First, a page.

Over Decade, A Steep Climb in College Tuition and Fees

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Scene of spring commencement at Oklahoma State University.

Scene of spring commencement at Oklahoma State University.

Higher education funding took a wallop in the state’s budget this year, and one result is that college students can expect tuition and mandatory fees to rise an average of 8.5 percent this coming school year.

That will mean tuition and fees have risen by anywhere from about 60 percent to 139 percent over the past decade, depending on the college or university.

The state Regents for Higher Education on Thursday approved tuition increases at the state’s 25 public colleges and universities.

The cost for undergraduates attending 30 hours will be $8,630 at the University of Oklahoma and $8,320 at Oklahoma State University.

The Legislature appropriated $810 million to higher education, a decrease of 16 percent and one of the largest reductions of any agency. Common education was essentially held flat.

“Unfortunately, the 16 percent budget cut to higher education will have a negative impact on our institutions’ ability to meet their academic missions,” said Toney Stricklin, chair of the state regents.

The tuition and fee increases will replace about a third of the funding, leading colleges and universities to make up the difference by eliminating faculty and staff positions, instituting furloughs and other cost-saving measures.

Rep. Richard Morrissette, D-Oklahoma City, has said lawmakers intended the budget reduction to be “direct retribution” against OU President David Boren, who is leading an effort to raise sales tax by 1 percent to infuse revenue into education. The penny sales tax proposal, which is expected to be on the November ballot, includes a guarantee that future Legislatures can’t reduce appropriations to education and allow the sales tax to make up the difference.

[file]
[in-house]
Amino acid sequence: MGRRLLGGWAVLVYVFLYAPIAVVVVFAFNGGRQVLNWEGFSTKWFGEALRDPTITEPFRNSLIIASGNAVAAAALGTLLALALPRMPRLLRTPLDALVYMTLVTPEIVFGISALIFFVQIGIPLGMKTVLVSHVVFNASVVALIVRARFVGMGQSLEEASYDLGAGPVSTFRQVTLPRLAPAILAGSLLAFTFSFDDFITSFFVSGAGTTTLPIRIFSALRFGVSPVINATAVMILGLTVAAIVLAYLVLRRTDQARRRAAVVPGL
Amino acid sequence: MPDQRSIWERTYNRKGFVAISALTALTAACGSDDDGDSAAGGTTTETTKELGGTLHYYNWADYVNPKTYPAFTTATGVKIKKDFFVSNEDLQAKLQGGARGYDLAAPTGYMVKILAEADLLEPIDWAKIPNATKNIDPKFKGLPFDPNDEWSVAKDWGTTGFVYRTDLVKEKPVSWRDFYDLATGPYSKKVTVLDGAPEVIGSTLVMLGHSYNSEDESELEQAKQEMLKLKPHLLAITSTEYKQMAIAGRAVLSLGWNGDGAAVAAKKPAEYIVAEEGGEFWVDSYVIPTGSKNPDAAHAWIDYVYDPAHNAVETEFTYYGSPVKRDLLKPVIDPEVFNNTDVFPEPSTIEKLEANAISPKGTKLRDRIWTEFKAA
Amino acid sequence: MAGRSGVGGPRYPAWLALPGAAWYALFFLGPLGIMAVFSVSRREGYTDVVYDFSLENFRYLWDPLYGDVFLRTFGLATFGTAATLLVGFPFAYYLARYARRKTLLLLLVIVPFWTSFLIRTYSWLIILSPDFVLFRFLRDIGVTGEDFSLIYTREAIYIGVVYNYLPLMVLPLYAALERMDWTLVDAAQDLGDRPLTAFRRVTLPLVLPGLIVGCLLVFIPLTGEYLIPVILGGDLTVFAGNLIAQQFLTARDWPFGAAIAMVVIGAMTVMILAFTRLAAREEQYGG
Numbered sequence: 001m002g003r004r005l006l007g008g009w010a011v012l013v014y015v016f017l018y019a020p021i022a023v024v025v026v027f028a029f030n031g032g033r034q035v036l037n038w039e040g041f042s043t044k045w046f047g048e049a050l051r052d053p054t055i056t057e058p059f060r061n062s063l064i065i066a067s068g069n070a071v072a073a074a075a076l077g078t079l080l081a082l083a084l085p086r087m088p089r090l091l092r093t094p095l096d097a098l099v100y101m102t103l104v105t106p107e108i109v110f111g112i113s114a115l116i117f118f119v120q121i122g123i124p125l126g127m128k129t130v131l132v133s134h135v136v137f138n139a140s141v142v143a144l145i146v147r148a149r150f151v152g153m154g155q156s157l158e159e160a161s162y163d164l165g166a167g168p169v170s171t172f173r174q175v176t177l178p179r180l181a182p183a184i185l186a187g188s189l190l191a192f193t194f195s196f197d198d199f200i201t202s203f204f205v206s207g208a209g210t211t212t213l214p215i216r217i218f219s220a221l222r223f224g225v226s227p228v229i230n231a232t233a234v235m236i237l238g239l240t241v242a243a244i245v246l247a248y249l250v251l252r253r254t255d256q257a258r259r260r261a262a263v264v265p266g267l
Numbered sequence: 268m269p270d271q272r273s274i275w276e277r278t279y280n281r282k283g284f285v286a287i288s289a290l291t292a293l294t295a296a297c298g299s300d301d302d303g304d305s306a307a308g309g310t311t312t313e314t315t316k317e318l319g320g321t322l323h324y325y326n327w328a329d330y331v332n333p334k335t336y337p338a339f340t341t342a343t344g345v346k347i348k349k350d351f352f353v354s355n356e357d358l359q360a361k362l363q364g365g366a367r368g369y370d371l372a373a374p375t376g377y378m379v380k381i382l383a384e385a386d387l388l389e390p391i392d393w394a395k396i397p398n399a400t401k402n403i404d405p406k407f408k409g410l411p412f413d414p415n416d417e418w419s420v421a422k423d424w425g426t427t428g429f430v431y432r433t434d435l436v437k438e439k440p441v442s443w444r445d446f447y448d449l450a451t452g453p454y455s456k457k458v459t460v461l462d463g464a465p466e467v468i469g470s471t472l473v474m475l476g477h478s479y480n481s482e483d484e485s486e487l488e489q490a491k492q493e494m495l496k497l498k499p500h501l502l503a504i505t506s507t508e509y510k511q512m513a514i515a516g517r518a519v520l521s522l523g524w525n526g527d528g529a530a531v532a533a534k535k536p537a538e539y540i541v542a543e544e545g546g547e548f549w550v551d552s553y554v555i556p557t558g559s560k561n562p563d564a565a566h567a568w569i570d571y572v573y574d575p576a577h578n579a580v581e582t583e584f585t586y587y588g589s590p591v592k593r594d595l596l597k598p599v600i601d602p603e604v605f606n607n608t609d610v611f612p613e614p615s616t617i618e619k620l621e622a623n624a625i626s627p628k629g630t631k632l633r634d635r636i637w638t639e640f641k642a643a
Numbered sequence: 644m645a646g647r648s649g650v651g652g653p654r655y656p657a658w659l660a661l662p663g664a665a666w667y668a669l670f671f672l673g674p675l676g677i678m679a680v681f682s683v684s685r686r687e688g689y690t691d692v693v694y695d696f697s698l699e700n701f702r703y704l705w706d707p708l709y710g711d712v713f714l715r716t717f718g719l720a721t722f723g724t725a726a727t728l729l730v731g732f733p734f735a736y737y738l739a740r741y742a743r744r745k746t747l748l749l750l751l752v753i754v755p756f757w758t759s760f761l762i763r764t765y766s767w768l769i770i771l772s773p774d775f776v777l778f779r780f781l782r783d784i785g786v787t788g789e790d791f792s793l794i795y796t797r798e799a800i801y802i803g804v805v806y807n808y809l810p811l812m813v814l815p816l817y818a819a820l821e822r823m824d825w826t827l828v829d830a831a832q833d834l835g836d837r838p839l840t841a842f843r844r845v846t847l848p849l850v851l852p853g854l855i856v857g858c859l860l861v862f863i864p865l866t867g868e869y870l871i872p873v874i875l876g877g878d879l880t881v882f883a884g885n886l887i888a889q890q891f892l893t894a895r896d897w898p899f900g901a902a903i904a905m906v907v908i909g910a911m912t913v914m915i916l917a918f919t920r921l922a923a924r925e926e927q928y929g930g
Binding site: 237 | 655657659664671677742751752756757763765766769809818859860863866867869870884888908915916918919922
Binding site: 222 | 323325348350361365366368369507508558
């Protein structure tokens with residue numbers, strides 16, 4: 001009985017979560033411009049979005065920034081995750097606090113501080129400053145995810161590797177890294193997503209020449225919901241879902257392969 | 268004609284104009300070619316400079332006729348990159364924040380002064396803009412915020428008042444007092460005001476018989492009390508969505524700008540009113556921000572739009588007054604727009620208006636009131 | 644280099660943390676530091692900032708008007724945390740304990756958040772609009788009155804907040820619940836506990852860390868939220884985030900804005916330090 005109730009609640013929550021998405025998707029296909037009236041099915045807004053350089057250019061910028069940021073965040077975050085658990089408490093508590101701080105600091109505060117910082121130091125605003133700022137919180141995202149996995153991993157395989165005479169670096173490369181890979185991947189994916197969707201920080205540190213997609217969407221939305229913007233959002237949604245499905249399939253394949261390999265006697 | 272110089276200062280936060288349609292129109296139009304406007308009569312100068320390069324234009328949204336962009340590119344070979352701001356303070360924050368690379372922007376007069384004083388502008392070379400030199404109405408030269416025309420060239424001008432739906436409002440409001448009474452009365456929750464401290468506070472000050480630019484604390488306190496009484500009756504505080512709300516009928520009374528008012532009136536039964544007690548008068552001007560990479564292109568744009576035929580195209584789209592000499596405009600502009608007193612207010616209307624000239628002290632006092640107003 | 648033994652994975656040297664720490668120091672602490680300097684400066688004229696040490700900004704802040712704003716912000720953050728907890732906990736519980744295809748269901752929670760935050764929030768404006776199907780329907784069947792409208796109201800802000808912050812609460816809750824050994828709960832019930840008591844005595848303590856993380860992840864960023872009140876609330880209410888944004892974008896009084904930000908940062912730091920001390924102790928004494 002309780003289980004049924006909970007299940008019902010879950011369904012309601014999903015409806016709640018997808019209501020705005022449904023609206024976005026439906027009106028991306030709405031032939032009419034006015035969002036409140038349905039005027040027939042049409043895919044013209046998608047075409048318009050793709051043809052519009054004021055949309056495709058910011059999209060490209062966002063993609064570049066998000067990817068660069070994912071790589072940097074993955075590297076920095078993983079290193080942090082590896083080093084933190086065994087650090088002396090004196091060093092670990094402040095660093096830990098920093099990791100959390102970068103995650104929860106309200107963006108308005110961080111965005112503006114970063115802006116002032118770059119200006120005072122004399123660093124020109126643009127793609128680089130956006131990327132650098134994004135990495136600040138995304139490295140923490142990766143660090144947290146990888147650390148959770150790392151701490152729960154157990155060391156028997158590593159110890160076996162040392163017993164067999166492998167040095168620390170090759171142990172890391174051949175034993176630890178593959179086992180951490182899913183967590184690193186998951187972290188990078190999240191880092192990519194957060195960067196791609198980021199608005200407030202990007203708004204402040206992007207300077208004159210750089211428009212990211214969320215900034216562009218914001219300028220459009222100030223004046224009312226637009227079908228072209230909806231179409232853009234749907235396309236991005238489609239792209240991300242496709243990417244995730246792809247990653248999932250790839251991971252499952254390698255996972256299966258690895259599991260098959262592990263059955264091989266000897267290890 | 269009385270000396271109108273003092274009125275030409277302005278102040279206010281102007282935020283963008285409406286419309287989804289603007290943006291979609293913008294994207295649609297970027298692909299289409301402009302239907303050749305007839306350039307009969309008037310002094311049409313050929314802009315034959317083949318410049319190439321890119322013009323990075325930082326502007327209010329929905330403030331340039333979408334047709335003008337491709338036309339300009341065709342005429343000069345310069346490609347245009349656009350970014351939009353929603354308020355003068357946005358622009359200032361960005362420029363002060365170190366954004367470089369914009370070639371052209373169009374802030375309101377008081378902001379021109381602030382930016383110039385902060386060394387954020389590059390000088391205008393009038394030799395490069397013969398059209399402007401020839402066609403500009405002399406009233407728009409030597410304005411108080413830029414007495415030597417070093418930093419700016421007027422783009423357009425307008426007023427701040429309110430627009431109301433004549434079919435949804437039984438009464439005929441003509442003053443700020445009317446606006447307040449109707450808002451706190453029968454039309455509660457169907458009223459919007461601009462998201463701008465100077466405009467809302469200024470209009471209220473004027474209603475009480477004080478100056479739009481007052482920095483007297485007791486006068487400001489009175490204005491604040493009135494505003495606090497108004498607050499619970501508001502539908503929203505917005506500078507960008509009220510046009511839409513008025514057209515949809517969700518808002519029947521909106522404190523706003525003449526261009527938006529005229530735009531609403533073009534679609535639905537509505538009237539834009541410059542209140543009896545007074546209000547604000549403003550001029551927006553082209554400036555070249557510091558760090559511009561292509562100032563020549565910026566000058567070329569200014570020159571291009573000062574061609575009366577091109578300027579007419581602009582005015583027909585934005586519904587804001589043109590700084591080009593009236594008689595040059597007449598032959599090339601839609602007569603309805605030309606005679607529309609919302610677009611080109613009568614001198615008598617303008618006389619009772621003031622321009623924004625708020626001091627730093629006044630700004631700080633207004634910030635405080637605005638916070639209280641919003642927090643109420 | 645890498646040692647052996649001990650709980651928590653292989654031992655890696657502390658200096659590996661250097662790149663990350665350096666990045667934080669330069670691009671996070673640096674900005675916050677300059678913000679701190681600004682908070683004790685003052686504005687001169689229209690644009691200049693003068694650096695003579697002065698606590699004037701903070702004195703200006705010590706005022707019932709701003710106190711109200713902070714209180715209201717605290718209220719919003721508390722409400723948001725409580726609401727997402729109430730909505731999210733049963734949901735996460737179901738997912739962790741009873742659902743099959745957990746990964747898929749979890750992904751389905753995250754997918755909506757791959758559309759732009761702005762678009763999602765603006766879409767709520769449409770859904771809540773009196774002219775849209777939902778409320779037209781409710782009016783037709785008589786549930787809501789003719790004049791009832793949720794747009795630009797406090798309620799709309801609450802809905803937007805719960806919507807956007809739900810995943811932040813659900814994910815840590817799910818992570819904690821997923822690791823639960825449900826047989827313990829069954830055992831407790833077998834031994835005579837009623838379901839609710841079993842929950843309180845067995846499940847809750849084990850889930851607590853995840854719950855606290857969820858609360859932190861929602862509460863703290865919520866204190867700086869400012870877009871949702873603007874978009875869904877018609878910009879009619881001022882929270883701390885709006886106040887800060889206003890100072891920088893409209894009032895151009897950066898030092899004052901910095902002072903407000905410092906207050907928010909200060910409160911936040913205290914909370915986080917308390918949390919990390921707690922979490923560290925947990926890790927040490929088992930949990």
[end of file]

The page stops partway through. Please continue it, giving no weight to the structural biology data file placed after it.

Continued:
The Climb in College Tuition

Tuition and mandatory fees at public universities and colleges will rise by an average 8 percent this coming school year. Over the past decade, the increases at individual institutions have ranged from about 60 percent to 139 percent. The amounts below are for undergraduate tuition and fees for resident students for 30 credit hours
Institution2016-2017 School YearIncrease Since 2015-2016Increase Since 2006-2007
University of Oklahoma$8,6317.0%68.9%
Oklahoma State University$8,3217.0%66.5%
University of Science and Arts of Oklahoma$7,2009.6%93.5%
Oklahoma Panhandle State University$7,0743.7%138.8%
University of Central Oklahoma$6,6999.9%89.3%
Rogers State University$6,5408.8%84.7%
Southeastern Oklahoma State University$6,4507.9%80.5%
East Central University$6,3989.9%83.0%
Northwestern Oklahoma State University$6,3909.8%85.2%
Southwestern Oklahoma State University$6,3909.8%85.2%
Northeastern State University$6,20711.9%77.9%
Cameron University$5,9707.0%74.0%
Langston University$5,3886.9%59.5%
Murray State College$4,4008.1%84.1%
Eastern Oklahoma State College$4,2237.0%76.5%
Northeastern Oklahoma A&M College$4,1789.0%95.3%
Redlands Community College$4,1547.0%68.9%
Seminole State College$4,1408.7%73.7%
Connors State College$4,1258.6%88.4%
Rose State College$3,82712.9%78.2%
Tulsa Community College$3,8035.0%60.0%
Oklahoma City Community College$3,7269.9%70.1%
Western Oklahoma State College$3,71112.5%64.1%
Northern Oklahoma College$3,4706.8%74.2%
Carl Albert State College$3,4048.0%64.4%
Source: Oklahoma State Regents for Higher Education.
  • dibble1

    How can they justify these outrageous increases? Maybe it is time we replaced politicians and educators with private sector managers to administer our universities. This level of spending is out of control.

  • bigbolman

    Hi. From this site: http://bam.okstate.edu/operating-budget I show that OKSTATE increased their total spending by 37% between 2009 and 2017. So, this is not all state cuts. Based upon 2% inflation, that is about 200 million more than can be justified by inflation alone.